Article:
Ninety-three fifth graders from Plantation Park Elementary School in Bossier City graduated from the D.A.R.E. program.

Ninety-three fifth graders from Plantation Park Elementary School in Bossier City graduated from the D.A.R.E. program. Four students – one from each fifth-grade class – were chosen to read their D.A.R.E. essays, all which dealt with making good choices.  Those students were Pau Khual of Tartarla Davis’ class; Ziare Carson of Jamie Dyche’s class; Mekahla Morgan of Karla Greene’s class; and Jaylon Joiner of Jason Ogunyemi’s class.

Principal Tonya Hilburn welcomed everyone to the graduation, prayer was given by D.A.R.E. student Destiny Scroggins, and the Pledge of Allegiance was led by D.A.R.E. student Jaylon Joiner.

Dep. Steve Phillips, Planation Park’s School Resource Office and D.A.R.E. instructor, was joined by Lt. Adam Johnson, Lt. Walt Hollis and Dep. Judy Williams of the Bossier Sheriff’s Office to congratulate the graduates on their outstanding achievement.

“We have a wonderful partnership together between Sheriff Whittington and Superintendent Smith which allows this to take place in our schools,” said Lt. Johnson.  “We are one of only two parishes in the entire state of Louisiana that has P.O.S.T.-certified law enforcement officer in every single school.”

These students joined more than 950 other fifth graders in Bossier Parish schools who will graduate from the D.A.R.E. (Drug Abuse Resistance Education) program at 10 elementary schools throughout Bossier Parish this semester.  A total of 1,700 5th graders will graduate D.A.R.E. in Bossier Parish this entire school year.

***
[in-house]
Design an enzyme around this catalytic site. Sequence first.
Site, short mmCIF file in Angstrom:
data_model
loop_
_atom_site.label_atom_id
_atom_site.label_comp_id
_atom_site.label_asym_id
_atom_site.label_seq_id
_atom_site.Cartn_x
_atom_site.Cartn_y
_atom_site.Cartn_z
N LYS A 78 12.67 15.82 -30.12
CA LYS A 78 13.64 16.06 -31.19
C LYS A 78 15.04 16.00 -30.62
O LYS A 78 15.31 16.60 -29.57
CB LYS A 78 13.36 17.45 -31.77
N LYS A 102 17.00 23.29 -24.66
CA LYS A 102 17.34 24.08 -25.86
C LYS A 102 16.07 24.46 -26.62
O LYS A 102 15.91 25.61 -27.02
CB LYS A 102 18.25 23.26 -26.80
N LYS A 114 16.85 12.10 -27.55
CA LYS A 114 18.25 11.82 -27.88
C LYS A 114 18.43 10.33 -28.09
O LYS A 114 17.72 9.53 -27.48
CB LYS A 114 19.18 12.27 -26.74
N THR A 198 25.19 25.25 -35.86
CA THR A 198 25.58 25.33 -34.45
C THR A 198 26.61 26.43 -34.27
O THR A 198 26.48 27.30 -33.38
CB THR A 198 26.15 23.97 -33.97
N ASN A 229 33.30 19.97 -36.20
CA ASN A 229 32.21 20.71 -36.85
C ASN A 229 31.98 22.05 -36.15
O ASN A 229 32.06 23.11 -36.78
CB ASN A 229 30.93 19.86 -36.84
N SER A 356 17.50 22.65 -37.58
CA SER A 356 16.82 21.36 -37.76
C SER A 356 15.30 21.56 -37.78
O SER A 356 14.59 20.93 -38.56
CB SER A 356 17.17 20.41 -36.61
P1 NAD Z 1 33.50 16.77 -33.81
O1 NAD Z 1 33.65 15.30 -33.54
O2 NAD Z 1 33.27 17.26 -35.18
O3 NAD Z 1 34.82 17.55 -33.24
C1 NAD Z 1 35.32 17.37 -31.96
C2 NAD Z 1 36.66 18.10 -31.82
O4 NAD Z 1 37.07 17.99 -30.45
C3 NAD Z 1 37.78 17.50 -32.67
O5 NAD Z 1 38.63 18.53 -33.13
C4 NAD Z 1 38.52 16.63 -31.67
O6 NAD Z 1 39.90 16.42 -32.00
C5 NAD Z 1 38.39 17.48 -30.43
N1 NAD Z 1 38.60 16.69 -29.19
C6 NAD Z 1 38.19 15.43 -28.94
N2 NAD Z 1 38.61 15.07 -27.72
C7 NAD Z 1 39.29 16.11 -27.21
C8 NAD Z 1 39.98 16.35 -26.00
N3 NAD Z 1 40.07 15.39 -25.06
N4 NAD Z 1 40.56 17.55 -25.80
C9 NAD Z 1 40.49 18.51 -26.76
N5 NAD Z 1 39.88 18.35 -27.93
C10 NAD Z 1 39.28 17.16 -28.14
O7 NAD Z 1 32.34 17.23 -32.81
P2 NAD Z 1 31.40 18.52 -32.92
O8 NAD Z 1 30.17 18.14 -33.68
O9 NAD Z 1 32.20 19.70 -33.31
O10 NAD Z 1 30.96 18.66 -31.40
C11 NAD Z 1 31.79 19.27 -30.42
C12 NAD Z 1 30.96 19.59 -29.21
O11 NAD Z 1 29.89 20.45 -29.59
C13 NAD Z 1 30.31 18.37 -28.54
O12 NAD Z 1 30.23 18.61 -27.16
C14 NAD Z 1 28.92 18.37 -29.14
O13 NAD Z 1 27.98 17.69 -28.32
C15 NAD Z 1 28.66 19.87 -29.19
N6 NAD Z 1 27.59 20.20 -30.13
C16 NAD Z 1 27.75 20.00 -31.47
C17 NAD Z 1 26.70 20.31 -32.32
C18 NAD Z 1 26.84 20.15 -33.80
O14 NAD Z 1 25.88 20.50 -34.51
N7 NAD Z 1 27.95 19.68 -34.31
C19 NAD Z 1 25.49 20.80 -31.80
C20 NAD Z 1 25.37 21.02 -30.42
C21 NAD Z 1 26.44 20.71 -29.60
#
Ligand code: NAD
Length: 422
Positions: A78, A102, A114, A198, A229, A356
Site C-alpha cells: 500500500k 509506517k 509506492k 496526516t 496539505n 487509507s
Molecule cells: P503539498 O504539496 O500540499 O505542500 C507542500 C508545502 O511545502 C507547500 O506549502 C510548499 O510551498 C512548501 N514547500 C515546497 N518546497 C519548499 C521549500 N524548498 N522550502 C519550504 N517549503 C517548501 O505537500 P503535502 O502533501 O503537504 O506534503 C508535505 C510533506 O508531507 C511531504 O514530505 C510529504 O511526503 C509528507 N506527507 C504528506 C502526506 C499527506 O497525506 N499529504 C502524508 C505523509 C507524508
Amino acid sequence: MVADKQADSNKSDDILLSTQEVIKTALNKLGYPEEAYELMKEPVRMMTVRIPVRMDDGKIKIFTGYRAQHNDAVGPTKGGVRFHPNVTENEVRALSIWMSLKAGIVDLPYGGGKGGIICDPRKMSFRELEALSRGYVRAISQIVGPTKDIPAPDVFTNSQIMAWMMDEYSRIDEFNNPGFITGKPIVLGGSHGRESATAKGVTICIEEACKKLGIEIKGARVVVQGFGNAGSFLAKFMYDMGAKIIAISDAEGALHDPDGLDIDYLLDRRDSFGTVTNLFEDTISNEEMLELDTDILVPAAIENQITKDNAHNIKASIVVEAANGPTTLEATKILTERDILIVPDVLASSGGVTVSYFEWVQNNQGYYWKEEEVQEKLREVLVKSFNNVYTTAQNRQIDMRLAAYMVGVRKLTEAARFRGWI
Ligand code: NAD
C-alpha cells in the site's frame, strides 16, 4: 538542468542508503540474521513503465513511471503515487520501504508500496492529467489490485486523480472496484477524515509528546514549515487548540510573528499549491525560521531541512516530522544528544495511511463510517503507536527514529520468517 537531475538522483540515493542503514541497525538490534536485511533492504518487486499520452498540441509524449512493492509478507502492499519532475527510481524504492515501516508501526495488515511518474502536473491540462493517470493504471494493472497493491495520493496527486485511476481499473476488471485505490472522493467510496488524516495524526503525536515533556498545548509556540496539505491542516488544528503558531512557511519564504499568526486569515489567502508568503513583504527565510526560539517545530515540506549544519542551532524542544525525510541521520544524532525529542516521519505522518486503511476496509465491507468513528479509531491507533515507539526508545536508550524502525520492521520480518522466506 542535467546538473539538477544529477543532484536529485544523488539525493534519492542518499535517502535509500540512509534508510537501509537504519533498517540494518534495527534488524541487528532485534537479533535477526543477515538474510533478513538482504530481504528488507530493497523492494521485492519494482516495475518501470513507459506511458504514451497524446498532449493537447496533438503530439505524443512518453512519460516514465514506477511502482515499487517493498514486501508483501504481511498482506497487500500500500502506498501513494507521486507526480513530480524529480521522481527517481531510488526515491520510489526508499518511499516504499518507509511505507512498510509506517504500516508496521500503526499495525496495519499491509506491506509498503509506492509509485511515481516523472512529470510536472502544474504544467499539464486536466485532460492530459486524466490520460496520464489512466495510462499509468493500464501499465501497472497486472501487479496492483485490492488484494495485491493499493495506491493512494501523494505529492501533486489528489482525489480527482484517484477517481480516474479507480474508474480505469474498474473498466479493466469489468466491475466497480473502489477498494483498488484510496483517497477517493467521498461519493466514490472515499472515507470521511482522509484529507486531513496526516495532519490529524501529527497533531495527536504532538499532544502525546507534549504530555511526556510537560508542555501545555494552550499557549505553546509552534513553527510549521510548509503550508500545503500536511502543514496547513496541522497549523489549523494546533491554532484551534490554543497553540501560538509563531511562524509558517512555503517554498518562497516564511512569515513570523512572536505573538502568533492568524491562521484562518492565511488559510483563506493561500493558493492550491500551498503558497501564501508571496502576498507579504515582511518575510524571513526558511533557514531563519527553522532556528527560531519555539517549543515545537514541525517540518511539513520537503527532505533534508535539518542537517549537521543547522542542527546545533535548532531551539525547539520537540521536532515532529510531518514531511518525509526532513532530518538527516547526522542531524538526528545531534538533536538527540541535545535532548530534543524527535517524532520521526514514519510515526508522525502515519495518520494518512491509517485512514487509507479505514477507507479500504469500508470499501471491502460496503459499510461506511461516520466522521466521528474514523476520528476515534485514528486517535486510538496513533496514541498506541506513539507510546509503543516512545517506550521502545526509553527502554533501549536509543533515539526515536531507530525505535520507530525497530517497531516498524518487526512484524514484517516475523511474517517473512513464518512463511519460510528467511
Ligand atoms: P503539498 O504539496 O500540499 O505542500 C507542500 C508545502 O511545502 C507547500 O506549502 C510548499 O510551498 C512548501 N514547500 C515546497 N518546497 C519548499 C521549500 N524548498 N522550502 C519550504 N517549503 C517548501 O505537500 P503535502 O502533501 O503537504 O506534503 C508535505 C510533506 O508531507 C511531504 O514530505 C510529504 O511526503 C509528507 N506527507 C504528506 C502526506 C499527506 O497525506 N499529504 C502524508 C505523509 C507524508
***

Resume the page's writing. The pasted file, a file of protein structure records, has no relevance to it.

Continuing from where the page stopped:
“Fifth graders, I want to congratulate you,” said Lt. Johnson.  “This is not a very easy task, it’s a very tough task.  I hope that when you leave that you won’t forget about the material you’ve learned.  This is stuff you will use when you go to college, when you go to the workforce, everyday problem solvers, helping your community.”

Bossier Sheriff’s Office D.A.R.E. officers know they have their hands full in teaching 5th graders how to make wise life decisions as they move into middle school and face increased peer pressure.  The deputies don’t sugarcoat the facts and ensure the children are as best prepared to deal with such things as drugs, alcohol, cigarettes and bullying, and emphasize the importance of being responsible for their actions.

Principal Hilburn commended faculty and parents alike.

“I want to thank our parents and our teachers, and I’m so proud of our students,” she said.  “These students are leaders not just in our D.A.R.E. program, but they’re leaders on our campus.  Parents, you have a lot to proud of!  The young men and women you are raising, they are going to change this world.”

The D.A.R.E program is a semester-long curriculum taught by Sheriff’s deputies that emphasizes good decision skills for young people to avoid bullying, drugs, violence and other harmful behaviors.  Students are also taught confidence-building and coping skills.  

Deputies teach the D.A.R.E. Decision Making Model:  D – Define: Describe the problem, challenge or opportunity. A – Assess: What are your choices? R – Respond: Make a choice. Use the facts and information you have gathered. E – Evaluate: Review your decision.